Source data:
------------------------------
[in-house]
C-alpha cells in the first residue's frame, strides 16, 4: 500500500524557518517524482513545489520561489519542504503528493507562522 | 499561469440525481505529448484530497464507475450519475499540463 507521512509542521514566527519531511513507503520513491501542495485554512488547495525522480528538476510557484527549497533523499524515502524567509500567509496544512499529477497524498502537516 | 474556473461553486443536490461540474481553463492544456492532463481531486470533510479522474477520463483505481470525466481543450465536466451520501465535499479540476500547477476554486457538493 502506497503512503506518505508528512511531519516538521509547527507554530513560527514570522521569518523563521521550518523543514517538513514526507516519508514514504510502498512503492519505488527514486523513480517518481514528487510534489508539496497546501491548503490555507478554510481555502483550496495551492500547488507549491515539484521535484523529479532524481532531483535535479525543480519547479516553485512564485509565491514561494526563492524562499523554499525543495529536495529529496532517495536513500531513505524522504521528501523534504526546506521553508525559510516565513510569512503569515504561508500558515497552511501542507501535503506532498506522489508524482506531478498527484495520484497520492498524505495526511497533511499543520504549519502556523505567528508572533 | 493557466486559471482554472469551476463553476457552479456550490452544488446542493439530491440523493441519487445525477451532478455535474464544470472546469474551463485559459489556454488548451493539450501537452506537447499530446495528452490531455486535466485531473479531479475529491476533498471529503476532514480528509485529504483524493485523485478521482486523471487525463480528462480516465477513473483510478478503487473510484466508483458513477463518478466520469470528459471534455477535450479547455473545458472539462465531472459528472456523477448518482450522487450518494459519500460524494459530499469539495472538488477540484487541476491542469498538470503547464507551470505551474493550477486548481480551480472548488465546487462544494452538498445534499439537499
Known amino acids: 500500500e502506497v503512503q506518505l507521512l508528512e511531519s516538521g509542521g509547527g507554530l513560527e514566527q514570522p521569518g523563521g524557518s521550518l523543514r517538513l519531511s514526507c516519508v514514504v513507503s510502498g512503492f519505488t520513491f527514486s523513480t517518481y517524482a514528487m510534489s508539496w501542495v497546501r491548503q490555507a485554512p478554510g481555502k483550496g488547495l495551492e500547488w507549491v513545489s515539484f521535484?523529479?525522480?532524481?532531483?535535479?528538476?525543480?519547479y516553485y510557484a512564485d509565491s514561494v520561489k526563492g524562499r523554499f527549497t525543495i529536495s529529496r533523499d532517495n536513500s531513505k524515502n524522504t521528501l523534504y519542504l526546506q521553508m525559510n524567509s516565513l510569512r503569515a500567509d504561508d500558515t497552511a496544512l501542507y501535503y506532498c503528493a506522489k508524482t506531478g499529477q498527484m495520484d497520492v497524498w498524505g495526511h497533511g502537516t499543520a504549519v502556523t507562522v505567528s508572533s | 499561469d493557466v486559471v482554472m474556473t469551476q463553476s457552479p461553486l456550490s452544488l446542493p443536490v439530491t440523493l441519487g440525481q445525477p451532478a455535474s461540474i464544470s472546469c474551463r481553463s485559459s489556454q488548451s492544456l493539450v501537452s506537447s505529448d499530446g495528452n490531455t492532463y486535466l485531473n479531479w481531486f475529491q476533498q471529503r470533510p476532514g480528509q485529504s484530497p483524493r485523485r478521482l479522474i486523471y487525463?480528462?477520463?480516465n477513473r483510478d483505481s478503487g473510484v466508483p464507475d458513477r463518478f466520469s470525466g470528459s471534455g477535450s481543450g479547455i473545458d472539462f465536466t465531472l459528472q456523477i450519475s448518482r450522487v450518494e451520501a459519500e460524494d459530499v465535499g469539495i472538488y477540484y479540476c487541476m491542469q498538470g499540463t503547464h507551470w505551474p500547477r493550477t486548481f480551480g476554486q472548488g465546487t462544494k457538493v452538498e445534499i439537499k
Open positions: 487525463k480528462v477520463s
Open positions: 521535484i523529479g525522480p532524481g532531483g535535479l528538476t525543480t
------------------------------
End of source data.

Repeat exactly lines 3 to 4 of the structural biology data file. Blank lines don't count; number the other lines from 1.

Known amino acids: 500500500e502506497v503512503q506518505l507521512l508528512e511531519s516538521g509542521g509547527g507554530l513560527e514566527q514570522p521569518g523563521g524557518s521550518l523543514r517538513l519531511s514526507c516519508v514514504v513507503s510502498g512503492f519505488t520513491f527514486s523513480t517518481y517524482a514528487m510534489s508539496w501542495v497546501r491548503q490555507a485554512p478554510g481555502k483550496g488547495l495551492e500547488w507549491v513545489s515539484f521535484?523529479?525522480?532524481?532531483?535535479?528538476?525543480?519547479y516553485y510557484a512564485d509565491s514561494v520561489k526563492g524562499r523554499f527549497t525543495i529536495s529529496r533523499d532517495n536513500s531513505k524515502n524522504t521528501l523534504y519542504l526546506q521553508m525559510n524567509s516565513l510569512r503569515a500567509d504561508d500558515t497552511a496544512l501542507y501535503y506532498c503528493a506522489k508524482t506531478g499529477q498527484m495520484d497520492v497524498w498524505g495526511h497533511g502537516t499543520a504549519v502556523t507562522v505567528s508572533s | 499561469d493557466v486559471v482554472m474556473t469551476q463553476s457552479p461553486l456550490s452544488l446542493p443536490v439530491t440523493l441519487g440525481q445525477p451532478a455535474s461540474i464544470s472546469c474551463r481553463s485559459s489556454q488548451s492544456l493539450v501537452s506537447s505529448d499530446g495528452n490531455t492532463y486535466l485531473n479531479w481531486f475529491q476533498q471529503r470533510p476532514g480528509q485529504s484530497p483524493r485523485r478521482l479522474i486523471y487525463?480528462?477520463?480516465n477513473r483510478d483505481s478503487g473510484v466508483p464507475d458513477r463518478f466520469s470525466g470528459s471534455g477535450s481543450g479547455i473545458d472539462f465536466t465531472l459528472q456523477i450519475s448518482r450522487v450518494e451520501a459519500e460524494d459530499v465535499g469539495i472538488y477540484y479540476c487541476m491542469q498538470g499540463t503547464h507551470w505551474p500547477r493550477t486548481f480551480g476554486q472548488g465546487t462544494k457538493v452538498e445534499i439537499k
Open positions: 487525463k480528462v477520463s